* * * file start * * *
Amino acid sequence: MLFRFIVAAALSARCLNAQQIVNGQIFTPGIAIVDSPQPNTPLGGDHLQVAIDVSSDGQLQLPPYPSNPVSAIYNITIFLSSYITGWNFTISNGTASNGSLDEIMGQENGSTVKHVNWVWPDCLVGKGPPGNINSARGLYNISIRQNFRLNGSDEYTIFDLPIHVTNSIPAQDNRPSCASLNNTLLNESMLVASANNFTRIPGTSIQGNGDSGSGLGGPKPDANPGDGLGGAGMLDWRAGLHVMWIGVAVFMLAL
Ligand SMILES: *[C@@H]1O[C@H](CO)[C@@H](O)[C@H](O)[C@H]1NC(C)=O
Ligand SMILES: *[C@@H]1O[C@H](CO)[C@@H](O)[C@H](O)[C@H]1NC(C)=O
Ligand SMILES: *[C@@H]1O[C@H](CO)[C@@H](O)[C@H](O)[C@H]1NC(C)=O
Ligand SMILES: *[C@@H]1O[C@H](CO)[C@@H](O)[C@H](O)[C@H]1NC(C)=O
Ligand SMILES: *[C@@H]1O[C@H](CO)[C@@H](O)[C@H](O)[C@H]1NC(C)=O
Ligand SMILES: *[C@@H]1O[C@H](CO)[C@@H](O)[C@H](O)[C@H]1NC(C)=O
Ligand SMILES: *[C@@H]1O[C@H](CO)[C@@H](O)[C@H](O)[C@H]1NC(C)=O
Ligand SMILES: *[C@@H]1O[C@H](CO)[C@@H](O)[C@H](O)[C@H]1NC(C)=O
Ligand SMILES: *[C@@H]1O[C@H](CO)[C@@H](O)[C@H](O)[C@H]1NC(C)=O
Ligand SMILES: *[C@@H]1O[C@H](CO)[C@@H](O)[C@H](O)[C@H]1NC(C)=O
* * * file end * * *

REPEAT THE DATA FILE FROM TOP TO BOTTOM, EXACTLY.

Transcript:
Amino acid sequence: MLFRFIVAAALSARCLNAQQIVNGQIFTPGIAIVDSPQPNTPLGGDHLQVAIDVSSDGQLQLPPYPSNPVSAIYNITIFLSSYITGWNFTISNGTASNGSLDEIMGQENGSTVKHVNWVWPDCLVGKGPPGNINSARGLYNISIRQNFRLNGSDEYTIFDLPIHVTNSIPAQDNRPSCASLNNTLLNESMLVASANNFTRIPGTSIQGNGDSGSGLGGPKPDANPGDGLGGAGMLDWRAGLHVMWIGVAVFMLAL
Ligand SMILES: *[C@@H]1O[C@H](CO)[C@@H](O)[C@H](O)[C@H]1NC(C)=O
Ligand SMILES: *[C@@H]1O[C@H](CO)[C@@H](O)[C@H](O)[C@H]1NC(C)=O
Ligand SMILES: *[C@@H]1O[C@H](CO)[C@@H](O)[C@H](O)[C@H]1NC(C)=O
Ligand SMILES: *[C@@H]1O[C@H](CO)[C@@H](O)[C@H](O)[C@H]1NC(C)=O
Ligand SMILES: *[C@@H]1O[C@H](CO)[C@@H](O)[C@H](O)[C@H]1NC(C)=O
Ligand SMILES: *[C@@H]1O[C@H](CO)[C@@H](O)[C@H](O)[C@H]1NC(C)=O
Ligand SMILES: *[C@@H]1O[C@H](CO)[C@@H](O)[C@H](O)[C@H]1NC(C)=O
Ligand SMILES: *[C@@H]1O[C@H](CO)[C@@H](O)[C@H](O)[C@H]1NC(C)=O
Ligand SMILES: *[C@@H]1O[C@H](CO)[C@@H](O)[C@H](O)[C@H]1NC(C)=O
Ligand SMILES: *[C@@H]1O[C@H](CO)[C@@H](O)[C@H](O)[C@H]1NC(C)=O